The storm erupted in the north of the country on Thursday, prompting the cancellation of flights serving Arbil, capital of the autonomous Kurdistan region.
As the storm swept south, it shrouded Baghdad and cities as far south as Nasiriyah in a ghostly orange.
In the capital, buildings and vehicles were covered in ochre-coloured dust, AFP journalists reported.
The storm has caused “dozens of hospitalisations across Iraq due to respiratory problems”, health ministry spokesman Saif al-Badr told AFP.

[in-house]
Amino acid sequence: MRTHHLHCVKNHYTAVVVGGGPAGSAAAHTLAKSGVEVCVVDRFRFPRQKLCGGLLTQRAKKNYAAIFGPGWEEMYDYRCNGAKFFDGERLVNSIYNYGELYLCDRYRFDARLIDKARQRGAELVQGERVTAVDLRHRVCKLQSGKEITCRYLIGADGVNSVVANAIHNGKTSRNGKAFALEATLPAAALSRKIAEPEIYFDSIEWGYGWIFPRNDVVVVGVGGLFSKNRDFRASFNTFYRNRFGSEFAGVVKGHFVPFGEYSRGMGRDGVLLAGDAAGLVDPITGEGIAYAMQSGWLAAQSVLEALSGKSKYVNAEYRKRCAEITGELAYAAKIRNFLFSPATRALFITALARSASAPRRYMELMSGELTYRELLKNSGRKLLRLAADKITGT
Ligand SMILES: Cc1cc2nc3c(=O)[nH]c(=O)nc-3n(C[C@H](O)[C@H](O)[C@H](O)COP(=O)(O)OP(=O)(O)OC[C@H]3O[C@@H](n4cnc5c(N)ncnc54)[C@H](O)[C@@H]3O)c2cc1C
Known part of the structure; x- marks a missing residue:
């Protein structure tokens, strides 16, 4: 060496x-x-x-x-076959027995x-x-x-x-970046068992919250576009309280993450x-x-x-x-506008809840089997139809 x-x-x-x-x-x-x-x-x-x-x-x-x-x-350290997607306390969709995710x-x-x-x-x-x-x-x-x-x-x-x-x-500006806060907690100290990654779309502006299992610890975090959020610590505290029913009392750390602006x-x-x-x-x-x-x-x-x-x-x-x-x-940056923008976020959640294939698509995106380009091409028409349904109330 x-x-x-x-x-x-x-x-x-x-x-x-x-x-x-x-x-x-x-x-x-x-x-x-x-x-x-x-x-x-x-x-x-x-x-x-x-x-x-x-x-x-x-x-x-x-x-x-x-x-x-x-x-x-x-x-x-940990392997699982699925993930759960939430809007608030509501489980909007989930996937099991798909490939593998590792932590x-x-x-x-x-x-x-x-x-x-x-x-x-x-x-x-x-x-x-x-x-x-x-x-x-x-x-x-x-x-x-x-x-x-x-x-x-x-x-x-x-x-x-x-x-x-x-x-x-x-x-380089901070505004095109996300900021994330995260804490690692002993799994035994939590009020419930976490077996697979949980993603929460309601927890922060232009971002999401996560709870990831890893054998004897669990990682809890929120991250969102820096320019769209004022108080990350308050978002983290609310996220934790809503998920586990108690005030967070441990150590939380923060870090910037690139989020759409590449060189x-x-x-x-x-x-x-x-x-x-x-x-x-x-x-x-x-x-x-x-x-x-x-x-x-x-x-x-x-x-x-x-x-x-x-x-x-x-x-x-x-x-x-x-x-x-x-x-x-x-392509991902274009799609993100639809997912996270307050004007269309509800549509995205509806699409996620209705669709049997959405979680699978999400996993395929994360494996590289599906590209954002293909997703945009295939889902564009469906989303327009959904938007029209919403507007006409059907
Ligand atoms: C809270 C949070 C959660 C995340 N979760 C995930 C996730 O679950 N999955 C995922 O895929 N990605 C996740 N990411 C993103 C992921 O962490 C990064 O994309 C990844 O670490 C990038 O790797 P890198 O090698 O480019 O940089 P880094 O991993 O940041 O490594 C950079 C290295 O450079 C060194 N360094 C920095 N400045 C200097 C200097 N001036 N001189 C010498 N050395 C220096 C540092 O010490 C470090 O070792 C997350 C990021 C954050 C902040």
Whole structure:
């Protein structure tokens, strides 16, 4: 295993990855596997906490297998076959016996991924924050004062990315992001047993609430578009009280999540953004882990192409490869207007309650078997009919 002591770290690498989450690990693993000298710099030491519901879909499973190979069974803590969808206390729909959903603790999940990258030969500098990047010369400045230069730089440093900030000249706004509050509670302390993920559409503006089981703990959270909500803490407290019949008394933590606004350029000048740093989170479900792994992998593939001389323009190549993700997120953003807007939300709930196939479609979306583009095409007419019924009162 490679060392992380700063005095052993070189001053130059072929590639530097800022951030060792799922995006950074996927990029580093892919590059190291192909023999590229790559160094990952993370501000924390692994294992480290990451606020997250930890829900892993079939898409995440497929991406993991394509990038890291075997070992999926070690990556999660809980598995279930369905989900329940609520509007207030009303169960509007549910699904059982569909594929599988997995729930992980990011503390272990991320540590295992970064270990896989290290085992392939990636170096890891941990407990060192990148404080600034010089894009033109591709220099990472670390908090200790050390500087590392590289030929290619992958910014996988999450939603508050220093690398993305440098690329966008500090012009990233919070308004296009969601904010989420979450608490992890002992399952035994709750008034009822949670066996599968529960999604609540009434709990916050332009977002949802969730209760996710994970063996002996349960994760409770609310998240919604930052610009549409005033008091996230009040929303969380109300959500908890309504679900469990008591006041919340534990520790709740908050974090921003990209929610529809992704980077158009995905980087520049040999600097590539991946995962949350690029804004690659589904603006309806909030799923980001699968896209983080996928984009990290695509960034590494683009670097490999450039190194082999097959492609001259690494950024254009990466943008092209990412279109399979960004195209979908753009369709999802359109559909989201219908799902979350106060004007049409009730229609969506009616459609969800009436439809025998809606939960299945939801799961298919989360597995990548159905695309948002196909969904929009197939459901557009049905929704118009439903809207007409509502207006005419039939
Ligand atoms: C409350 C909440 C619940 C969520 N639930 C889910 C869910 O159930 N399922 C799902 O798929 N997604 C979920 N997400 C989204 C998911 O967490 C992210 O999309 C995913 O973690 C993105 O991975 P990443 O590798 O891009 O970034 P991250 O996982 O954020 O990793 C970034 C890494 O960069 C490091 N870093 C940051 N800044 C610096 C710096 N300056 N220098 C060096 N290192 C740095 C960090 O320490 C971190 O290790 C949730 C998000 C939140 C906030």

The director of Iraq’s meteorological office, Amer al-Jabri, said that while dust storms were not uncommon in Iraq, they are becoming more frequent “due to drought, desertification and declining rainfall”.
Iraq is particularly vulnerable to climate change, having already witnessed record low rainfall and high temperatures in recent years.
Experts have said these factors threaten social and economic disaster in the war-scarred country.
In November, the World Bank warned that Iraq could suffer a 20 percent drop in water resources by 2050 due to climate change.